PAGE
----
Today I want to comment on a very important physical concept from the mathematical point of view, the **scalar field**.

A scalar field is just a function that assigns each point a number, a scalar. It is a very simple concept.

Obviously the concept of scalar field has some restrictions, the first is that at each point (defined by ) there can be only one value, that is, it is **one-valued**. With this we make sure that the field is unique anywhere.

Thanks to this, since it is univaluated we can do something very beautiful that is to represent it in a simple way. By having a single value at each point we can take points with the same value and draw a surface. This is called **equiscal surfaces** and, as an understandable example, it would be when we look at a map of heights as the sites that are at the same height are represented by a cut or a surface (in this case , In two dimensions since the plane is, as its name indicates, a plane of two dimensions).

Let, the equi-scalar surfaces are those in which where K is a constant and taken in the dimension we need, for example, in would be .

Now, a **vector field** is similar to the above but instead of assigning a scalar (a number) at each point assigns a vector. That is, it is the logical continuation of a scalar field.

For example, a vector field is a function that each (x, y, z) assigns a coordinate vector (a, b, c) where and .

Obviously, the vector field, like the scalar field, must have a unique vector result at each point. That is, it must also be ** one-valued**.

And if a scalar field is represented by surfaces with the same value or equiscalares (what a name), a vector field is represented by what is called **field lines** (field because it is a field Vector, do not think otherwise, even if it helps).

The interesting thing about the field lines is that they do not go in the direction of the field but are tangent to it. That is, the field lines are the set of tangent lines to the field. These lines form a thing called **soft curves**.

As a smooth curve it is indicates that the deviation of the same is never 0 at a time in all its coordinates. In other words, (attentive to the concept), we can define it as a function (wait, that is exactly what a vector field does), that each coordinate, through an application, makes it correspond to a value and, therefore, to each vector It makes another one correspond. For this reason we can derive (partially) each “of the coordinates”. It will be a smooth curve if, deriving, the value is not zero in all the partial derivatives at the same time (it can be in one, two, but not in three – in the case of three dimensions that is the easiest to understand).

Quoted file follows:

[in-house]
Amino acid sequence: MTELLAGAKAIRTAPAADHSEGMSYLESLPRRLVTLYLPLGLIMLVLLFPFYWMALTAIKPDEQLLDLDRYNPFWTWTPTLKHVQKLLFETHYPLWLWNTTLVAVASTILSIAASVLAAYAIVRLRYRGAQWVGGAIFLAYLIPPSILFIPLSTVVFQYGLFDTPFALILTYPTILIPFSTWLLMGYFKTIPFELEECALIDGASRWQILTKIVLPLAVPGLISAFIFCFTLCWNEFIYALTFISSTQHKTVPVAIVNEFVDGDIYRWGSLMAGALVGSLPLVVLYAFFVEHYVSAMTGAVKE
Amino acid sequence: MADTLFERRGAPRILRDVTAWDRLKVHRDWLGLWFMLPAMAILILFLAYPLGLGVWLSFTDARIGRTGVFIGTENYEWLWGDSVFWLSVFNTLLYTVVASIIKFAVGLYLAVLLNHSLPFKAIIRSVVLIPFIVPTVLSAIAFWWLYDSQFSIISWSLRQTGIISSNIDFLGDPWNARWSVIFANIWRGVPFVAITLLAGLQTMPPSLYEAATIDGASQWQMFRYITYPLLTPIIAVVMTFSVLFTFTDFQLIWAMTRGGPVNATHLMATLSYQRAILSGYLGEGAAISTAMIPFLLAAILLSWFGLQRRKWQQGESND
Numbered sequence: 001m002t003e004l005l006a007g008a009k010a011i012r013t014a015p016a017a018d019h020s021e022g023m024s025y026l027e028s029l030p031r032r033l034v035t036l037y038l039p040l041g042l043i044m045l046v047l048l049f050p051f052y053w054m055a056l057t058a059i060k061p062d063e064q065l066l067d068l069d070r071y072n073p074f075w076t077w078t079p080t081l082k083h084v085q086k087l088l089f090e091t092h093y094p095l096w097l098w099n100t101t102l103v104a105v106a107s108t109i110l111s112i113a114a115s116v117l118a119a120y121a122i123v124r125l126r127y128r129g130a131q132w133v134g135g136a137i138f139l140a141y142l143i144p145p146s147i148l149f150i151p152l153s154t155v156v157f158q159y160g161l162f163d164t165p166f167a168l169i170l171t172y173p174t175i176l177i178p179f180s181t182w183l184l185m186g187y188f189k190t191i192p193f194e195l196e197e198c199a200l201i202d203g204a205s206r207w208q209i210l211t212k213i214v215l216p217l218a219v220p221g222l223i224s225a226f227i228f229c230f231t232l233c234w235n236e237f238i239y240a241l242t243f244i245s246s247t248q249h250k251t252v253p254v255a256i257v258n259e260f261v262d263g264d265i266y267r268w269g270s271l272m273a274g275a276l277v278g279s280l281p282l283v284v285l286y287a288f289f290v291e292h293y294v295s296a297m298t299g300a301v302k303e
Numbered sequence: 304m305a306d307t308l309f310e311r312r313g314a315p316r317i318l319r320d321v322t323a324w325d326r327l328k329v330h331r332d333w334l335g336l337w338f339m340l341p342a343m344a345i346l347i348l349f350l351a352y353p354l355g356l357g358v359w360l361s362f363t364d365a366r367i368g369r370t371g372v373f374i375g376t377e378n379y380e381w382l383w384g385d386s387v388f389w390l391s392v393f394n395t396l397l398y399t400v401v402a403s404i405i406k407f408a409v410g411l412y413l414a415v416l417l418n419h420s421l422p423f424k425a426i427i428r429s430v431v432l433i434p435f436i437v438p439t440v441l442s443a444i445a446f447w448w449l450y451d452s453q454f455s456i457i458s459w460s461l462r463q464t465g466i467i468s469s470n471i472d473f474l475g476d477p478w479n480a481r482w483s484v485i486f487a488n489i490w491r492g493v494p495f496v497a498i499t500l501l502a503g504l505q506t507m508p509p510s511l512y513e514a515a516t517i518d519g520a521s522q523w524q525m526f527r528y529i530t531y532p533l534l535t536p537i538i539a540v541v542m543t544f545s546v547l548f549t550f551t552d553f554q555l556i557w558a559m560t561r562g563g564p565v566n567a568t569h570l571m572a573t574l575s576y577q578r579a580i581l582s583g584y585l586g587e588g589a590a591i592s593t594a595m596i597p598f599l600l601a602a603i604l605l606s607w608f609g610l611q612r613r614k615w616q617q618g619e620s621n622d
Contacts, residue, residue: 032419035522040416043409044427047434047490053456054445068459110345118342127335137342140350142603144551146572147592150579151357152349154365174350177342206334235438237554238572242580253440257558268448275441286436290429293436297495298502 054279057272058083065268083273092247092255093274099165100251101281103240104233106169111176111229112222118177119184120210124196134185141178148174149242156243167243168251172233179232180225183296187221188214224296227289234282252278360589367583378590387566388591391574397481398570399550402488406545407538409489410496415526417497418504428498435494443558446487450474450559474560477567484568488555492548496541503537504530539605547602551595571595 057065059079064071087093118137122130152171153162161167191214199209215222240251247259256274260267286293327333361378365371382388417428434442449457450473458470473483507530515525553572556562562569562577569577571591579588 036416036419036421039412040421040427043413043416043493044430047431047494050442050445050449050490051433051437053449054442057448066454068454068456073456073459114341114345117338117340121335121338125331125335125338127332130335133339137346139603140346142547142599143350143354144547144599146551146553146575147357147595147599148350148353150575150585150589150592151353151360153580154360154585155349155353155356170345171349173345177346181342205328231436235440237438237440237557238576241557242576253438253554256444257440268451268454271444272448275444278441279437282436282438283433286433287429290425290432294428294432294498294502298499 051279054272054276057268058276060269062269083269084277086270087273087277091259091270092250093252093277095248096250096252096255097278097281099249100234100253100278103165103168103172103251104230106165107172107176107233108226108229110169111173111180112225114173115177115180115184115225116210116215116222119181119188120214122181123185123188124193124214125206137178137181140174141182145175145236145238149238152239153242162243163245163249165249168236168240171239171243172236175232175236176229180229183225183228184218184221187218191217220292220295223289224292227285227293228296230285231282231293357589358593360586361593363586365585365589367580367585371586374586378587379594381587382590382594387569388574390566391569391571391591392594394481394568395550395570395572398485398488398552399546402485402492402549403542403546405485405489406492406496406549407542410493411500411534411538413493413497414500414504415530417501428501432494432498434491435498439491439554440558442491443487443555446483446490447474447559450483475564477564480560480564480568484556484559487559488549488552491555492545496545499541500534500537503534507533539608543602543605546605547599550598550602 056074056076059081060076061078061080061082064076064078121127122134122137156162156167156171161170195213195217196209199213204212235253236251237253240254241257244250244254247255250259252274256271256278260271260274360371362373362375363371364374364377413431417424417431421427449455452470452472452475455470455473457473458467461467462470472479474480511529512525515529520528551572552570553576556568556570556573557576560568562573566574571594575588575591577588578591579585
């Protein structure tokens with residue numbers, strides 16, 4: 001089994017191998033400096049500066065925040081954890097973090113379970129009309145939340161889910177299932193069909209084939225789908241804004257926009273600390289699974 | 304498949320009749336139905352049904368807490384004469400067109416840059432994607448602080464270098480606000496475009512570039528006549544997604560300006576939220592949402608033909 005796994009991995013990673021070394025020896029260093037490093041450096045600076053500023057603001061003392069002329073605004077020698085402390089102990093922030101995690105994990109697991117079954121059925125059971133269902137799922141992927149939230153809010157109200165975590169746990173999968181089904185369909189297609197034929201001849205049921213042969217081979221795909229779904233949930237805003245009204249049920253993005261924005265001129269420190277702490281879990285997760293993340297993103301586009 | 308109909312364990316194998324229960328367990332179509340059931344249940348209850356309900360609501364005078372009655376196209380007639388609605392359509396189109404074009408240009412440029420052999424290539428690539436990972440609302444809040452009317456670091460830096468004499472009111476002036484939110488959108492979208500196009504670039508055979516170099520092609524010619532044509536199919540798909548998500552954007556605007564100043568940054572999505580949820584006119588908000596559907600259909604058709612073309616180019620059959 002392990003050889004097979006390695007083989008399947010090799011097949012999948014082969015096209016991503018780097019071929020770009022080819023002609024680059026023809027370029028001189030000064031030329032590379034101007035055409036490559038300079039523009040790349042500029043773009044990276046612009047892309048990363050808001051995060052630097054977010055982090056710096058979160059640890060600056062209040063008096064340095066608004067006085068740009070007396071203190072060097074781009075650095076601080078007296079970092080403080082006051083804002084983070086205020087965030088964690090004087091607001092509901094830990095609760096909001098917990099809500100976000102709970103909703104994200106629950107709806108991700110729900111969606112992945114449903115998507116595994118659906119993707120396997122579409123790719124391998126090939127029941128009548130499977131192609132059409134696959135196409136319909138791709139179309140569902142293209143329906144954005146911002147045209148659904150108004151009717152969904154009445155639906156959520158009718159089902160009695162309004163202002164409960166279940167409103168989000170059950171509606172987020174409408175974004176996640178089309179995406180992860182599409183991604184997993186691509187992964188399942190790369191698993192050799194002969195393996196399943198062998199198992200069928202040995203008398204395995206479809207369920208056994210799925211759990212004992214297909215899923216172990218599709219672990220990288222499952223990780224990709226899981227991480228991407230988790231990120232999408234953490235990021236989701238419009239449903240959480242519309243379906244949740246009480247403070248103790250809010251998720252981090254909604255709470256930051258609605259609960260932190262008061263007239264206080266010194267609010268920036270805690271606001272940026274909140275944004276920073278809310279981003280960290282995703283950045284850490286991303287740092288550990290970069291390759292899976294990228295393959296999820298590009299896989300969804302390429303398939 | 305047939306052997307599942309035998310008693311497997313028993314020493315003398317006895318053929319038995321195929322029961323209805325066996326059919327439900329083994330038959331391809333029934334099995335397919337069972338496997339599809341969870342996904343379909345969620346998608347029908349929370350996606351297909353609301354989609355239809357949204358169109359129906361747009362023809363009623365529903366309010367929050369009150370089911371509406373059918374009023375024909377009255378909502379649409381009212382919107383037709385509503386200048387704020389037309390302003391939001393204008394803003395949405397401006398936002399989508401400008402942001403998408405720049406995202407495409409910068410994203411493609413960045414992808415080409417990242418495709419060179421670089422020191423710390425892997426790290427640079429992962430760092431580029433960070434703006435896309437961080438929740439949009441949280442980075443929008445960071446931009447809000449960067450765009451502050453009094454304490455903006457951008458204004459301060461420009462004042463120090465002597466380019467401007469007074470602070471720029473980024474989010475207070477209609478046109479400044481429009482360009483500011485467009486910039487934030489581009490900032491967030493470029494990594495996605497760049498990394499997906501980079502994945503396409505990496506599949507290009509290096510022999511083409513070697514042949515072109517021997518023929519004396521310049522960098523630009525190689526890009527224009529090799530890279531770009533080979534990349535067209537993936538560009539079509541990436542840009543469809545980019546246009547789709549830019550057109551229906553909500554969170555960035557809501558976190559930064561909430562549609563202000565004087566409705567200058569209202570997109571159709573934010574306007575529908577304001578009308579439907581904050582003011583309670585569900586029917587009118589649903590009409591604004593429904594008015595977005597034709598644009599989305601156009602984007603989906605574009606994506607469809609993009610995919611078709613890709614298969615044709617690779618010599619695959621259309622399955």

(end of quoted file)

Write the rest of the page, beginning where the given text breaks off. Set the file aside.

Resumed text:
For this reason and whenever we take derivatives we can calculate their length by taking small increments of them. That is to say:

And so we can get something called **circulation** that we define as:

Usually the circulation (the integral) is calculated in a certain way, that is to say, according to a pair of points and through a determined curve. But that is obvious. Let’s get that way out and the length.

The **flow** is similar to the circulation except that instead of taking a path and making the integral along the path and two points would be done on a surface.

Where the only thing to keep in mind is that is a vector of the surface that is nothing more than a vector normal to the surface whose modulus is the area of this.

The vector and scalar fields are very important for physics because they help to understand the movement of a particle or group of them under the influence of external forces apart from helping us to understand these external forces, their origin, their “force” and direction in space. And when I say forces I mean all kinds as you have seen in the examples where, consciously, I have not spoken of electromagnetism or electric forces, forces where flux and field look like natural words.

As you see, I wanted to briefly focus on the mathematics of the subject; That which gives body and truth to things.

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